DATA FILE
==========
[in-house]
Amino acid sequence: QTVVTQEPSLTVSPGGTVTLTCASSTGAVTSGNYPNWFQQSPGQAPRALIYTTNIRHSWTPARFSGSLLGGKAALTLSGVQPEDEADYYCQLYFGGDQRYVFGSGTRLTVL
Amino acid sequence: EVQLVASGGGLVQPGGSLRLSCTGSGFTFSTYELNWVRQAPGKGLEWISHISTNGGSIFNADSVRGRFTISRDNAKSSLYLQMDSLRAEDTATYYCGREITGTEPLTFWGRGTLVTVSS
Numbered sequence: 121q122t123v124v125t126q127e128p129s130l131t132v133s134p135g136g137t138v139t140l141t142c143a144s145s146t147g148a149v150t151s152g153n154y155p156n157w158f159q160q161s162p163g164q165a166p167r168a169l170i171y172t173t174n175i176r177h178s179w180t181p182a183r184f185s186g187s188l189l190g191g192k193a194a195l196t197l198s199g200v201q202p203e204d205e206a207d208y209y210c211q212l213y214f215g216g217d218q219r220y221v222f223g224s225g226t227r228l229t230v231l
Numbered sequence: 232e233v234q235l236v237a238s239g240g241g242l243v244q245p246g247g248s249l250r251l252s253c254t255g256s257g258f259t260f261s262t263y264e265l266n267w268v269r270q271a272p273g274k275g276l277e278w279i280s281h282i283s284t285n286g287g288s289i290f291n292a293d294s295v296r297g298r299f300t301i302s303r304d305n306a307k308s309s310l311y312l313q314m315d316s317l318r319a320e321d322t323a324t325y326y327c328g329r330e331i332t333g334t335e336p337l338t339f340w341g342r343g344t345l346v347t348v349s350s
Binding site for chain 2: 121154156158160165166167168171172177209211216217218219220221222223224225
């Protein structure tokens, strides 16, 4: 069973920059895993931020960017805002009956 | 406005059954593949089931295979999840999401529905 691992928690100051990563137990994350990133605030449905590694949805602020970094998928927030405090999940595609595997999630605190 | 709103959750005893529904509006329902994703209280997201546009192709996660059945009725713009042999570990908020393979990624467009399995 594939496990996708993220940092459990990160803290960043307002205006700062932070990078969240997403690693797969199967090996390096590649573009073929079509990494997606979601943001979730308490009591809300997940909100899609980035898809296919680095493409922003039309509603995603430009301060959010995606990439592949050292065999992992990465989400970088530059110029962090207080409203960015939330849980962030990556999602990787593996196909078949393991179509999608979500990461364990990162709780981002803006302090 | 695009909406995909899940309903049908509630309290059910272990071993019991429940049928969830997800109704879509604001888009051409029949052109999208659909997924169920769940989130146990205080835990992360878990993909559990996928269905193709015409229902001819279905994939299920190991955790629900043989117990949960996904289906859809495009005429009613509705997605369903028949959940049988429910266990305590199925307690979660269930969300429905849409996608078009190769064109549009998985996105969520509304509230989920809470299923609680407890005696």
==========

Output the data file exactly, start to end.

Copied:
[in-house]
Amino acid sequence: QTVVTQEPSLTVSPGGTVTLTCASSTGAVTSGNYPNWFQQSPGQAPRALIYTTNIRHSWTPARFSGSLLGGKAALTLSGVQPEDEADYYCQLYFGGDQRYVFGSGTRLTVL
Amino acid sequence: EVQLVASGGGLVQPGGSLRLSCTGSGFTFSTYELNWVRQAPGKGLEWISHISTNGGSIFNADSVRGRFTISRDNAKSSLYLQMDSLRAEDTATYYCGREITGTEPLTFWGRGTLVTVSS
Numbered sequence: 121q122t123v124v125t126q127e128p129s130l131t132v133s134p135g136g137t138v139t140l141t142c143a144s145s146t147g148a149v150t151s152g153n154y155p156n157w158f159q160q161s162p163g164q165a166p167r168a169l170i171y172t173t174n175i176r177h178s179w180t181p182a183r184f185s186g187s188l189l190g191g192k193a194a195l196t197l198s199g200v201q202p203e204d205e206a207d208y209y210c211q212l213y214f215g216g217d218q219r220y221v222f223g224s225g226t227r228l229t230v231l
Numbered sequence: 232e233v234q235l236v237a238s239g240g241g242l243v244q245p246g247g248s249l250r251l252s253c254t255g256s257g258f259t260f261s262t263y264e265l266n267w268v269r270q271a272p273g274k275g276l277e278w279i280s281h282i283s284t285n286g287g288s289i290f291n292a293d294s295v296r297g298r299f300t301i302s303r304d305n306a307k308s309s310l311y312l313q314m315d316s317l318r319a320e321d322t323a324t325y326y327c328g329r330e331i332t333g334t335e336p337l338t339f340w341g342r343g344t345l346v347t348v349s350s
Binding site for chain 2: 121154156158160165166167168171172177209211216217218219220221222223224225
């Protein structure tokens, strides 16, 4: 069973920059895993931020960017805002009956 | 406005059954593949089931295979999840999401529905 691992928690100051990563137990994350990133605030449905590694949805602020970094998928927030405090999940595609595997999630605190 | 709103959750005893529904509006329902994703209280997201546009192709996660059945009725713009042999570990908020393979990624467009399995 594939496990996708993220940092459990990160803290960043307002205006700062932070990078969240997403690693797969199967090996390096590649573009073929079509990494997606979601943001979730308490009591809300997940909100899609980035898809296919680095493409922003039309509603995603430009301060959010995606990439592949050292065999992992990465989400970088530059110029962090207080409203960015939330849980962030990556999602990787593996196909078949393991179509999608979500990461364990990162709780981002803006302090 | 695009909406995909899940309903049908509630309290059910272990071993019991429940049928969830997800109704879509604001888009051409029949052109999208659909997924169920769940989130146990205080835990992360878990993909559990996928269905193709015409229902001819279905994939299920190991955790629900043989117990949960996904289906859809495009005429009613509705997605369903028949959940049988429910266990305590199925307690979660269930969300429905849409996608078009190769064109549009998985996105969520509304509230989920809470299923609680407890005696």